“Thank you,” Laurel said. She bit down cautiously and took as little as she dared from Kay. Her blood was just as rich as Jana’s but not as flavoursome, there was an undertaste of river weed and water. She eyed Kay thoughtfully as she pulled back. “You are some sort of river fairy?”

Kay nodded and smiled at her. “I am indeed. Did you take enough.”

“I think so,” Laurel said. “At least I’m not as hungry any more.” She took hold of the bars and ripped them open just as she had those for Jana’s daughters, before moving on to Alain’s cage which was even easier to open as the bars were gold. “Is there anyone I shouldn’t let out?”

Kay and Alain looked around the cages holding their fellow prisoners and whispered to each other, before stopping in front of a cage holding what appeared to be a perfectly normal human.

“Him,” Kay said. “Leave him here. In fact we should open his cage and kill him to make sure he doesn’t escape.” She spat at him through the bars.

“Uh, what did he do? He looks human?”

“He is human,” Alain said flatly. “Though not for want of trying. He’s a Hollower – a power stealing mage. Gwen’s been keeping him alive so she can torture his knowledge out of him.”

Laurel stared at the young man, he looked harmless but Michael had told her about Hollowers. If Alain and Kay were right this guy was probably the most dangerous person in the cells.

“Don’t listen to them, girl. You should let me out. I’m the only one who can help you.” There was something very unpleasant about the man’s tone and the predatory smile he gave her was even worse. “She’s going to Hollow you, after all. and I know how to stop the curse.”

“Like I’d trust you,” Laurel said. “You’d probably stop her by stealing my soul yourself.”

The mage just chuckled. “Run away then. You’ll be back when you realise how badly you need my knowledge, girl.” He sat back in his cell, looking completely relaxed.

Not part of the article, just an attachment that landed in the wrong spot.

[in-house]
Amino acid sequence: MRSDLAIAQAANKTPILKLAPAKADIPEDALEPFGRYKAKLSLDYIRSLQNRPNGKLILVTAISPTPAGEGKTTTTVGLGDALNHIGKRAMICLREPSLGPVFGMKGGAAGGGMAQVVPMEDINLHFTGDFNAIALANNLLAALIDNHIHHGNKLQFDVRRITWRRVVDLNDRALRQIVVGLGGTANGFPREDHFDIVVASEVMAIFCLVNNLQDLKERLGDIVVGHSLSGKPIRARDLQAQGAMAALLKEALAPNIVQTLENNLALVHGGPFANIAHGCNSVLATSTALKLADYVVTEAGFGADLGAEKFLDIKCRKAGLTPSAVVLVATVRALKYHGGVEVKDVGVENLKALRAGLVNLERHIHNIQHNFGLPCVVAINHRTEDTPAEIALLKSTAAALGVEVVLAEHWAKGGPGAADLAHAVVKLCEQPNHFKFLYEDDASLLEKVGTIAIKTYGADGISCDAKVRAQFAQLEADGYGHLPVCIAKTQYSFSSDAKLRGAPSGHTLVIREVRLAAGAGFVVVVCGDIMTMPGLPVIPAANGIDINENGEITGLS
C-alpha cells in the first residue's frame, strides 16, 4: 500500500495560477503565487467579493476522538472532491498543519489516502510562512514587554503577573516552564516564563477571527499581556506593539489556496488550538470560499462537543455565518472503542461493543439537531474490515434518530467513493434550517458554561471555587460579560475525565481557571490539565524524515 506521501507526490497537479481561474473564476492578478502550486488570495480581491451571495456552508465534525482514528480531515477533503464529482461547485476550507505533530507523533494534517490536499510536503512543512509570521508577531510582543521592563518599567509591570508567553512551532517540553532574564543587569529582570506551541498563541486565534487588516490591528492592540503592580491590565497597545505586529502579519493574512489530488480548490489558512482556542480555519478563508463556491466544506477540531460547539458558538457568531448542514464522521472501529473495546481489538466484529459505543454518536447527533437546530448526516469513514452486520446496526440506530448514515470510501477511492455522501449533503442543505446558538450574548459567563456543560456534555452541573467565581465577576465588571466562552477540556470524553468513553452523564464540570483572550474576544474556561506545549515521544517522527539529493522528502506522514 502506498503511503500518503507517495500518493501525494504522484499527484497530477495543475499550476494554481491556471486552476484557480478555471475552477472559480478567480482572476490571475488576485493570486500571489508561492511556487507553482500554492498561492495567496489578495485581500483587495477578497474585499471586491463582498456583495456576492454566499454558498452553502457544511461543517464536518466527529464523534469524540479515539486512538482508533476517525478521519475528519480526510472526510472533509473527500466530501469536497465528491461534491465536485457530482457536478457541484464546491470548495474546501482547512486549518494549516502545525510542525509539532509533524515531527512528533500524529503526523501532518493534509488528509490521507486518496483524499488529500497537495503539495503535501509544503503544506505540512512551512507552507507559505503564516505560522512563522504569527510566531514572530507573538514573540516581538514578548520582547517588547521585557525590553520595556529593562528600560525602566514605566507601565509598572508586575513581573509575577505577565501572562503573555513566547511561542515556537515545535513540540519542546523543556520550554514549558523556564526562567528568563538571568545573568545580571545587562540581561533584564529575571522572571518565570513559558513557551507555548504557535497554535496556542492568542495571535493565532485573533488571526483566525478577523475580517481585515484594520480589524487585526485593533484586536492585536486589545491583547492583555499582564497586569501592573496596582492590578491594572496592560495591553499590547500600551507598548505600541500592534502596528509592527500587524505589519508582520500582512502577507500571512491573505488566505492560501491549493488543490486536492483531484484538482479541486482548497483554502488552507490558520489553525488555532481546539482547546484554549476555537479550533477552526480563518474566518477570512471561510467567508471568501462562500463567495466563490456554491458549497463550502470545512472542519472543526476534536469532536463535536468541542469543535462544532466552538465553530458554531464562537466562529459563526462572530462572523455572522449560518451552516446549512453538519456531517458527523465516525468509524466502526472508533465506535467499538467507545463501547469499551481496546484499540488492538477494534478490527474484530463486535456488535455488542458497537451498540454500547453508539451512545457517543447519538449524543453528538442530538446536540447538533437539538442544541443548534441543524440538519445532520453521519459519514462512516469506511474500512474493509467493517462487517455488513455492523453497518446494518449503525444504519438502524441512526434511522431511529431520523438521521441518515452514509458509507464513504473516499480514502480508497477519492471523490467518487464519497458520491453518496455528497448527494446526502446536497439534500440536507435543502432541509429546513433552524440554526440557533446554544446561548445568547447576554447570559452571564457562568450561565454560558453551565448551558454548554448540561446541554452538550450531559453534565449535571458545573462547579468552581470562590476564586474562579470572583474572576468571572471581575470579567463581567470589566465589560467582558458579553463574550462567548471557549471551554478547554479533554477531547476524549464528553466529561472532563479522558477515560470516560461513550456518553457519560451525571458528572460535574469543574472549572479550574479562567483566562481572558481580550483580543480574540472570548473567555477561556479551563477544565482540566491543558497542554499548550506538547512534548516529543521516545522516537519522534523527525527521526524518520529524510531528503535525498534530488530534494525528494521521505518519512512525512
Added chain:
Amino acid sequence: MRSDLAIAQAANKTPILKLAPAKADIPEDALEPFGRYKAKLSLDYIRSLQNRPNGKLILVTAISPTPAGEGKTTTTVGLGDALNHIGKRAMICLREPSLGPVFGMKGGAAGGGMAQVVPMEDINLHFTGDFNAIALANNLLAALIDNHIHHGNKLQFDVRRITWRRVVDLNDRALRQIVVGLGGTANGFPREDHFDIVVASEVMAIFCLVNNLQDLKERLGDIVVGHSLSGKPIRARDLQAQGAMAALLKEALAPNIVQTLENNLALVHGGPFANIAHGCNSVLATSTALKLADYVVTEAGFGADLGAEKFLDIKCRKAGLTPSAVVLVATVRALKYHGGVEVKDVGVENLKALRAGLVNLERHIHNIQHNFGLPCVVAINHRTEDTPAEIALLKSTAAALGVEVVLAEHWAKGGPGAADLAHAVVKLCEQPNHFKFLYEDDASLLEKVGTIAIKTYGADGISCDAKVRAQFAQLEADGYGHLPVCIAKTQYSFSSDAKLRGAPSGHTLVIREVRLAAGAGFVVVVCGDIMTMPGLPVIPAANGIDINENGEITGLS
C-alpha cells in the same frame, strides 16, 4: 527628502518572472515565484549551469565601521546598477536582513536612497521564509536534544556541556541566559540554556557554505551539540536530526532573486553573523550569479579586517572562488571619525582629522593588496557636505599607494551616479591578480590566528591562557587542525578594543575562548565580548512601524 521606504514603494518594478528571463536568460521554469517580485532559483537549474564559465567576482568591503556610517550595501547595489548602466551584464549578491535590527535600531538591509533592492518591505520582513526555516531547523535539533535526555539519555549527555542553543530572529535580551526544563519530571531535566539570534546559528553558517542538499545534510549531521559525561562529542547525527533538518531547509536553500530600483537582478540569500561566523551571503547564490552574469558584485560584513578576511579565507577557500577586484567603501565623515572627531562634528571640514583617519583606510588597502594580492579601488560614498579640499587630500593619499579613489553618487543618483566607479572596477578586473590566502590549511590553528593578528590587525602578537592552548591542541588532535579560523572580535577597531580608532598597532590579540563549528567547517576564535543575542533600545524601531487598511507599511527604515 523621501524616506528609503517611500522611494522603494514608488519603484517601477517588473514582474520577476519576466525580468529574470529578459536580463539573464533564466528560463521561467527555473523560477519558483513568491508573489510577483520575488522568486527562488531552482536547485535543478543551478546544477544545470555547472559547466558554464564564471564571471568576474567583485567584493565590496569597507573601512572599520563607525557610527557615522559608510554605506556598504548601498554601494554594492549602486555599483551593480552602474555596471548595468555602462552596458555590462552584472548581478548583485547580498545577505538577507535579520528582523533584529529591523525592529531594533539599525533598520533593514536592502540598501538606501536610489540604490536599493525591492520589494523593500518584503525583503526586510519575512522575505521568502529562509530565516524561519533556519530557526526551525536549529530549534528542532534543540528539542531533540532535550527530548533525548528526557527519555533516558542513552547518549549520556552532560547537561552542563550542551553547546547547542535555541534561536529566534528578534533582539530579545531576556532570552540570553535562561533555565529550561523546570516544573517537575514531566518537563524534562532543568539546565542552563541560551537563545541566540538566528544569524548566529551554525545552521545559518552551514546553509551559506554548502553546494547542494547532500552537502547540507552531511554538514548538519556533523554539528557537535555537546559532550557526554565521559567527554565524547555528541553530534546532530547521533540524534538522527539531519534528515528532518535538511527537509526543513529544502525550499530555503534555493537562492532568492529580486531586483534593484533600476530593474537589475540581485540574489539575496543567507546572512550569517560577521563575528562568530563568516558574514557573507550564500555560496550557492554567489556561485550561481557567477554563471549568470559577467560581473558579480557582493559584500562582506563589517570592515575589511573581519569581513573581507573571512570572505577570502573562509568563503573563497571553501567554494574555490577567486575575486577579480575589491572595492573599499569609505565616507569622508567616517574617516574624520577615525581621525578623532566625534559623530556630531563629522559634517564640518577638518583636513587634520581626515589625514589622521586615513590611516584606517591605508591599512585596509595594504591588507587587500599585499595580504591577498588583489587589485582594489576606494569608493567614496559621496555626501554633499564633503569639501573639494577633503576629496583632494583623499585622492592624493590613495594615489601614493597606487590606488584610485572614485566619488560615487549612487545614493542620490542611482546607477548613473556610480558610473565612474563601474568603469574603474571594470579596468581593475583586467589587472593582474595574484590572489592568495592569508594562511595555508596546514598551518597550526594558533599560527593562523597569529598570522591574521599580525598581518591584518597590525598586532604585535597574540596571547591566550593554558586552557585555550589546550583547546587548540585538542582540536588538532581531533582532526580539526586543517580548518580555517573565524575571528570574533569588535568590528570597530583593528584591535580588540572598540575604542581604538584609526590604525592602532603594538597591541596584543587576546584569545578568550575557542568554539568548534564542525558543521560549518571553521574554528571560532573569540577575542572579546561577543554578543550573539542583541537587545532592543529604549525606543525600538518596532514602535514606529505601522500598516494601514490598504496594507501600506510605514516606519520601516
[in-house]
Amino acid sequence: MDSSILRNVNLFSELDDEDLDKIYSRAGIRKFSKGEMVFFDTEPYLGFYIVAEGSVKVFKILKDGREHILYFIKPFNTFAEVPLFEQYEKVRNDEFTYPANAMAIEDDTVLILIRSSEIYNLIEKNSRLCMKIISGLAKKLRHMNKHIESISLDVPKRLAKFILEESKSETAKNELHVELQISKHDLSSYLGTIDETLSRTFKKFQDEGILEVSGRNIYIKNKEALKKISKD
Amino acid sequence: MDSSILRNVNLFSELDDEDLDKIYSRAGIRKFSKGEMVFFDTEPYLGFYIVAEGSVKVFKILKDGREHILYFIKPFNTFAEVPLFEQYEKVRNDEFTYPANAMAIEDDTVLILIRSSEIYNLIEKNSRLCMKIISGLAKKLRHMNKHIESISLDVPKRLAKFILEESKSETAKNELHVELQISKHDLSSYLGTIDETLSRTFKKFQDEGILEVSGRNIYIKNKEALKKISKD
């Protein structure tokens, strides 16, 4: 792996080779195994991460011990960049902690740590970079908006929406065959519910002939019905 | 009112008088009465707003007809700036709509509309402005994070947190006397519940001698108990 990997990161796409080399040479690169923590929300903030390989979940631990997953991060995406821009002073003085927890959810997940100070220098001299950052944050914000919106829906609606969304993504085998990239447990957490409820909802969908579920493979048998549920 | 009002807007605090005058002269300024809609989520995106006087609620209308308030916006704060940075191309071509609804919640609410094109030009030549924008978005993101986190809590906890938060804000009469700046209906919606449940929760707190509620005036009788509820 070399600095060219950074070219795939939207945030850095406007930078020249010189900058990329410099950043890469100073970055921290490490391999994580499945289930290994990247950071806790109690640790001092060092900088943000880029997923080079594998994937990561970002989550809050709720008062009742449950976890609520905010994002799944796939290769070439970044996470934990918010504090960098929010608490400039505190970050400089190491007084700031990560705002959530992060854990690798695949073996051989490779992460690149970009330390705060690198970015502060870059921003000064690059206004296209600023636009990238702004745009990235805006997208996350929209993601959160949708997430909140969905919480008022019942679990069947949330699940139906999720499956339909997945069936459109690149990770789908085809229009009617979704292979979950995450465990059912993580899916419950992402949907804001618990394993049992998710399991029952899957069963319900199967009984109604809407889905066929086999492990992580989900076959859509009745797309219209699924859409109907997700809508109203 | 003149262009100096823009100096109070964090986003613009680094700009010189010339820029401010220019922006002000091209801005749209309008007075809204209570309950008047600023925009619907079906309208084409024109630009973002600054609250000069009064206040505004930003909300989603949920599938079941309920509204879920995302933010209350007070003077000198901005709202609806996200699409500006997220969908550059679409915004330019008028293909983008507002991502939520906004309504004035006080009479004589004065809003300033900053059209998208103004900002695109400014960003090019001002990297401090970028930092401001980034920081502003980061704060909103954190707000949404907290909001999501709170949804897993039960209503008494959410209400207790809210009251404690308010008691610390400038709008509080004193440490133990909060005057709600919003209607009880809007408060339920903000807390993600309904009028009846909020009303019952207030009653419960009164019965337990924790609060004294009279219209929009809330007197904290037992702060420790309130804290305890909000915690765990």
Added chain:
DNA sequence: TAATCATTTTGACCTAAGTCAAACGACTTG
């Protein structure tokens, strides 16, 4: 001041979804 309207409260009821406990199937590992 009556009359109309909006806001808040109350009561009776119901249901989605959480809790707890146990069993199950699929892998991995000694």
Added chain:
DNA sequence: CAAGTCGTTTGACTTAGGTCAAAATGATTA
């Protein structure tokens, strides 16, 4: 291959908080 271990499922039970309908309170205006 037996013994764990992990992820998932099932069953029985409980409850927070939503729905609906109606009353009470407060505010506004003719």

Laurel scowled at him and turned away. “Are all the other’s safe to release?”

“Yeah,” Kay said. “At least none of them will kill you, I think.”

“I really wish you hadn’t put that think on the end!” Laurel went from cell to cell breaking them open until a dozen assorted mistwalkers stood around her. Fortunately it seemed Kay was right and none of them attacked, She looked over at Jana and her daughter’s. “Come here. I’ll try and sneak you out with me – though carrying three of you may be a bit too much.”

“Thank you.” Jana was still staring at the crown, but she reached out and took Laurel’s hand. Her two little girls grabbed on as well.

Laurel gritted her teeth and shifted to her mistform again, taking the three of them with her. It was hard, like carrying an elephant. She had never felt sluggish in this form before and it was all she could do to carry them under the door and past the guards. Once she was out of sight of them she found an alcove, slid back to her physical form and sank to her knees.

“Ugh,” she said. “That was hard.”

Just once more, Lost Child, the crown said.

Out of the corner of her eye Laurel saw Jana jump and realised she could hear it too. Laurel looked over at her.

“Where’s the nearest window?”

Jana looked around apparently getting her bearings before pointing along the corridor. “That way.”​

“Okay, we’ll lie low until we hear all hell break loose and then run for it.”

 

Start | LoTW Chapter Twenty-Six | Index | LoTW Chapter Twenty Eight

One Response to “Lord of the Wolves Chapter Twenty-Seven”

  1. torvawk says:

    I was halfway to almost right!!!